On the wide horizon the sun is just rising above the row of trees; the clay seems to gleam more brightly than before. He loves this land! His thoughts are as random as his activity is structured. He wonders how Wall Street closed yesterday. And what that means for the position of crops on the world market. And whether Brussels is likely to maintain its rigid stance on support for European farmers, now that the Americans have decided to flout the World Trade Organization agreements. This is the first year that, unlike the nature and landscape-oriented farms around him, he will have to manage on the income from the world market. No contributions from the fund for him. But then he takes fewer pains to promote the interests of nature and the landscape. He’s looking forward to tomorrow, when he’s going to take the day off for a sports competition. His daughter, who’s studying informatics at college, will enjoy taking over the farm’s computers for a whole day.
Recreation in the countryside
The Dutch railways had set out a route to take groups of walkers from the station in the city to a village some distance away. From there they’ll take the bus home, like last year. According to the information panel, a lot has changed in the area around the town. Where in the past the was a vast inaccessible field of corn, there is now a half-open landscape of flowering meadows and fields, alternating with strips of woodland, clumps of trees and small ponds and ditches. The municipal park service has done its bit by adding a small park and other green spaces. It’s as if a link has been created between town and countryside. Further up there is a nature reserve where you can find wild hazelnuts. This is the ideal partnership between nature and agriculture: together they challenge the forces of urbanization.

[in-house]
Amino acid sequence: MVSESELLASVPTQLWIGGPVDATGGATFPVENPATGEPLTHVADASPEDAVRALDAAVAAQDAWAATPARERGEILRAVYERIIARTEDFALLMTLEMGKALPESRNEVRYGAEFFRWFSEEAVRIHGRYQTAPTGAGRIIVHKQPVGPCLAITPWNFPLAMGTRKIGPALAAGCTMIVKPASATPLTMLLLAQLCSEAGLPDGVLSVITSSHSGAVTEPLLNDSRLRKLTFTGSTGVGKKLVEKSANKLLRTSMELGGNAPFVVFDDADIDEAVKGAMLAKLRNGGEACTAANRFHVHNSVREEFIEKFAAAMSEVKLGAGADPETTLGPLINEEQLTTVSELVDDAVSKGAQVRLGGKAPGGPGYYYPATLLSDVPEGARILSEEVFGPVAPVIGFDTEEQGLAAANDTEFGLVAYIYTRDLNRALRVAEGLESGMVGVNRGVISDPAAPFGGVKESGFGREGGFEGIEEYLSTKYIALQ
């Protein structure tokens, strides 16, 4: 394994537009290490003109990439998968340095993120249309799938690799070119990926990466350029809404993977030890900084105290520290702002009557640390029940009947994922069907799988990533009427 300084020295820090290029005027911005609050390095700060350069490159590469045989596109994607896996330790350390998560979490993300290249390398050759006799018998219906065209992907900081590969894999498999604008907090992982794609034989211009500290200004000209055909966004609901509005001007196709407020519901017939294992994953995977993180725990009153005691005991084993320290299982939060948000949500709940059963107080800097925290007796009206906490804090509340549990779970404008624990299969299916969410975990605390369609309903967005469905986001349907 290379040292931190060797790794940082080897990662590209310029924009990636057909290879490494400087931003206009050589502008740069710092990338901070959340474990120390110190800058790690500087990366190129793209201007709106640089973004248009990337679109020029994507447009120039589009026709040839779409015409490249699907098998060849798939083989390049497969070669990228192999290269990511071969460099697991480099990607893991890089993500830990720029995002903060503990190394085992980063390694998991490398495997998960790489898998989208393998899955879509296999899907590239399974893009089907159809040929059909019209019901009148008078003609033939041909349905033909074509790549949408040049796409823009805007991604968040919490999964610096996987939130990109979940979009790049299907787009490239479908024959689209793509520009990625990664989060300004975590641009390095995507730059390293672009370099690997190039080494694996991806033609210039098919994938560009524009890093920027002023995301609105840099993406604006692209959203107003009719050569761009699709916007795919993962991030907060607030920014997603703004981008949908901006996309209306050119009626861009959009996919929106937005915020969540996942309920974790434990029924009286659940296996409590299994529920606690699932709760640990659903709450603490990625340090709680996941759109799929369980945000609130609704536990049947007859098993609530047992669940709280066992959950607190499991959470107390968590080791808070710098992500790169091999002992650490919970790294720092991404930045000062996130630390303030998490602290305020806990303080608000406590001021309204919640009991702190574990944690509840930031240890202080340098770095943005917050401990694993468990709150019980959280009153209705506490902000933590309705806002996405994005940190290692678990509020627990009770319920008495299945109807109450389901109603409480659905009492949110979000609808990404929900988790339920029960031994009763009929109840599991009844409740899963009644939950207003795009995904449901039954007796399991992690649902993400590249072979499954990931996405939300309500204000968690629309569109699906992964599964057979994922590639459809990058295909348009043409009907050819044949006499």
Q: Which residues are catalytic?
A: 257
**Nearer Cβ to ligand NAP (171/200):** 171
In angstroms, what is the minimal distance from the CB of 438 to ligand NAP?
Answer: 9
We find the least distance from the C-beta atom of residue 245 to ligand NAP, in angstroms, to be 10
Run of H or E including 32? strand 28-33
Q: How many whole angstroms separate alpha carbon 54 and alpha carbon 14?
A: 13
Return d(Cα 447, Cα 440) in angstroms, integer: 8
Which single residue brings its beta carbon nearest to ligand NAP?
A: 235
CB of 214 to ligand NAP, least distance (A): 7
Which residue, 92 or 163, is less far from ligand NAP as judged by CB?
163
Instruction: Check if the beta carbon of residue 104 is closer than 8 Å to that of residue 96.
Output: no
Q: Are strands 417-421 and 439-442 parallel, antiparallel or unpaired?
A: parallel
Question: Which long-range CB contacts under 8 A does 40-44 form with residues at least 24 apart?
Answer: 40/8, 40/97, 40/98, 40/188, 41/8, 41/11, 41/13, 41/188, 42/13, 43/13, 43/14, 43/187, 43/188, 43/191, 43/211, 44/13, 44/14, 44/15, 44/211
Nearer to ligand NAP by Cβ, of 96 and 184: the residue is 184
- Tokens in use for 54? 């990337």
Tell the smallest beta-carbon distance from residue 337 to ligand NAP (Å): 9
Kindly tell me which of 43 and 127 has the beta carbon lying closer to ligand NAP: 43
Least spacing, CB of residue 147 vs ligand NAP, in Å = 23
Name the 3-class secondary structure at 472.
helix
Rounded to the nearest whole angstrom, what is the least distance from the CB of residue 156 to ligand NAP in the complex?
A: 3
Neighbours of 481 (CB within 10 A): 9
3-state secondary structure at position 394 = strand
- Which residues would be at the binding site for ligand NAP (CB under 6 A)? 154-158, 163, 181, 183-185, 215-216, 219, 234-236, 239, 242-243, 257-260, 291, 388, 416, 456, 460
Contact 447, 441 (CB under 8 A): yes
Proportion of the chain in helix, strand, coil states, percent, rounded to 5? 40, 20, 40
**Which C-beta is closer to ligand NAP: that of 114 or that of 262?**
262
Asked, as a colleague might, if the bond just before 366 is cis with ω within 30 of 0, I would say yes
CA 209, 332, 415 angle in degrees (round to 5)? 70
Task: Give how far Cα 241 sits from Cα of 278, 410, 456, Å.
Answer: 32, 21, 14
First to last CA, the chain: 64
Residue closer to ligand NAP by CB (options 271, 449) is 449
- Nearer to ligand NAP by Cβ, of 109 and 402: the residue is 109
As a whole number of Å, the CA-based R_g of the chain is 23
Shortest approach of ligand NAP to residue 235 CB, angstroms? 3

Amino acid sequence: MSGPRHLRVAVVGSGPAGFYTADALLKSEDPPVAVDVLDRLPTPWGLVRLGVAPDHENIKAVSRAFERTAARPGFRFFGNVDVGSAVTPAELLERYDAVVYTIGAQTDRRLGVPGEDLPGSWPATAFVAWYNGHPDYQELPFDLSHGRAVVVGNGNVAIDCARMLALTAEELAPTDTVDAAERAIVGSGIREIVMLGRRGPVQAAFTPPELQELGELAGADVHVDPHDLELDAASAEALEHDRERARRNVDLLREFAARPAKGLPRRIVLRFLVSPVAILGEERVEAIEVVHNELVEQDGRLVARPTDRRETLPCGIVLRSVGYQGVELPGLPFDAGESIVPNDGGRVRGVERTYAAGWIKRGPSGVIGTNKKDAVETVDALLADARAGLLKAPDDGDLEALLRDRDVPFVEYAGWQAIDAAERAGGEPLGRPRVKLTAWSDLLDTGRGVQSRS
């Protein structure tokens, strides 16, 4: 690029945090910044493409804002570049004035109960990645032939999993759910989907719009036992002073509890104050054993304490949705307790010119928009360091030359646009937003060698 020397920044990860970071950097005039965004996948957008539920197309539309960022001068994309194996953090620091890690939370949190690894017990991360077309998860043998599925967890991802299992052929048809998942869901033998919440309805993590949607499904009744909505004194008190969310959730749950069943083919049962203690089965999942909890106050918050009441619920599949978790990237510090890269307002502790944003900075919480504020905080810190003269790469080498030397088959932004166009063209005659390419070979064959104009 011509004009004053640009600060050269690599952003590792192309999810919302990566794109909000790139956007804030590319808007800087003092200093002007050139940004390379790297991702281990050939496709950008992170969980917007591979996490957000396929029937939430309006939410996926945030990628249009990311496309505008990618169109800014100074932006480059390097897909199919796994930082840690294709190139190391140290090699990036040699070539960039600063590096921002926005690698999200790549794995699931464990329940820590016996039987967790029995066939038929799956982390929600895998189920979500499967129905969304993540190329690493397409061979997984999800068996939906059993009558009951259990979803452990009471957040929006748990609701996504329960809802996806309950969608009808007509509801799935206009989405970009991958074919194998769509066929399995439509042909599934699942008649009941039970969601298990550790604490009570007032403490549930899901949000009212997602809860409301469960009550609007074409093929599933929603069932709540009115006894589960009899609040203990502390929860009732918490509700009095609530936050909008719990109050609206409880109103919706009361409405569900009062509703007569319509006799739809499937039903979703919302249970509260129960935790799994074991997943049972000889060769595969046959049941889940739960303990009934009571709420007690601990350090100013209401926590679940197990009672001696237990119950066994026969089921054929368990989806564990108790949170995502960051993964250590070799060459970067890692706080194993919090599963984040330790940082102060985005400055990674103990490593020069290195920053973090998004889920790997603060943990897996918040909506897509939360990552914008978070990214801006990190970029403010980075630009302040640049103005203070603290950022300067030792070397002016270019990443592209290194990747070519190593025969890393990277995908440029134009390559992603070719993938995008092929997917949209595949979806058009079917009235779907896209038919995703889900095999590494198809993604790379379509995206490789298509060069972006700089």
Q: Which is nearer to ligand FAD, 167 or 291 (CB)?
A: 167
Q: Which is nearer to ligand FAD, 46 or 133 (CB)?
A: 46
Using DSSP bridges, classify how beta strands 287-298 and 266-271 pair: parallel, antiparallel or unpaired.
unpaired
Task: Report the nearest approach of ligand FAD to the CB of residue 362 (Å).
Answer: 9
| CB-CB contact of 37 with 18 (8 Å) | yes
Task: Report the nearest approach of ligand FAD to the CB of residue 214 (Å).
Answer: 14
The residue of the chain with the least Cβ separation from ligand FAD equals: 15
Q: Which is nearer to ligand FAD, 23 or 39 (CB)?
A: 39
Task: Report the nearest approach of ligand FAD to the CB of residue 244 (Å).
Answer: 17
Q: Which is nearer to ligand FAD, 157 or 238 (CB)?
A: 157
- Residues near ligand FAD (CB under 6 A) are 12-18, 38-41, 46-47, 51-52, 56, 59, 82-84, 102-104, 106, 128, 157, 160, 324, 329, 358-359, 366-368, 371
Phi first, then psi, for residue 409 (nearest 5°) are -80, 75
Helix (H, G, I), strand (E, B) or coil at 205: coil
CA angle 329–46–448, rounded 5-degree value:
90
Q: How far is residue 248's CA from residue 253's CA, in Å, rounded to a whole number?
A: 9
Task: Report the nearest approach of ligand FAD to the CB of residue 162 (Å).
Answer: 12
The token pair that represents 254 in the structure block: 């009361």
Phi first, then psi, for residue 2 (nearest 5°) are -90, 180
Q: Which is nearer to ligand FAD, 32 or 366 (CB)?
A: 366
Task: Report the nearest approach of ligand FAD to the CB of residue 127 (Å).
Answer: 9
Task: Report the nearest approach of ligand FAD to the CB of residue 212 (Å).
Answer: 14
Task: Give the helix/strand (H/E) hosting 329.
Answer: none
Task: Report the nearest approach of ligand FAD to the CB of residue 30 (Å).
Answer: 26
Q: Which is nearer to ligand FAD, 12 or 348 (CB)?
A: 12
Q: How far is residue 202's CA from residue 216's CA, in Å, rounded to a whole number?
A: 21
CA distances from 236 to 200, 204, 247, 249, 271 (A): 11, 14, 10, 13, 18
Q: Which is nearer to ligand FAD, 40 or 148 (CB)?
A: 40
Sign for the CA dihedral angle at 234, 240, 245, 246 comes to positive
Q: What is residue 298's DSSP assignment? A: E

The walkers will stop at the historic farmstead on the Veenweg to buy cheese and vegetables. And as usual it will be hard to get the children to tear themselves away from the bales of hay and the animals. The walk leads from the town through the nature-oriented area and on into the landscape-oriented zone. Everywhere you look you see the characteristic features of the region: in the architecture of the farmhouses, the shape of the plots, and the structure of the wooded banks. In the distance, there are the large-scale farms. Some people prefer the open nature of these large-scale farms, but this group of walkers is still glad that their walk follows a different route.
A new kind of Park Service
Antoinette has been with the Provincial Park Service for years, which until recently was primarily involved in buying land to convert from farms to parks. The farmers were making a mess of things and the large-scale farms bordering the nature areas were causing considerable acidification and water loss. The old man-made landscape was losing more and more of its characteristic features.
Now, thanks to ecological zoning, those intensively managed farms are situated far away from the diversified nature areas. An outbreak of disease will no longer spread so rapidly throughout larger areas, thanks to the sturdy buffer formed by the nature-oriented farms, the nature areas and the towns. She has come to realize that the farmers are actually the largest team of soil scientists in the country. They point out to her the most suitable agricultural land and the best location for various types of green areas. And when a particular Park Service terrain is due for maintenance, the job is done together with the farmers, quickly and effectively. It was a bit of a shock to the managers at first. The whole structure of the organization was turned upside down.
A bright future for the countryside? It’s just around the corner!
© Sustainability Institute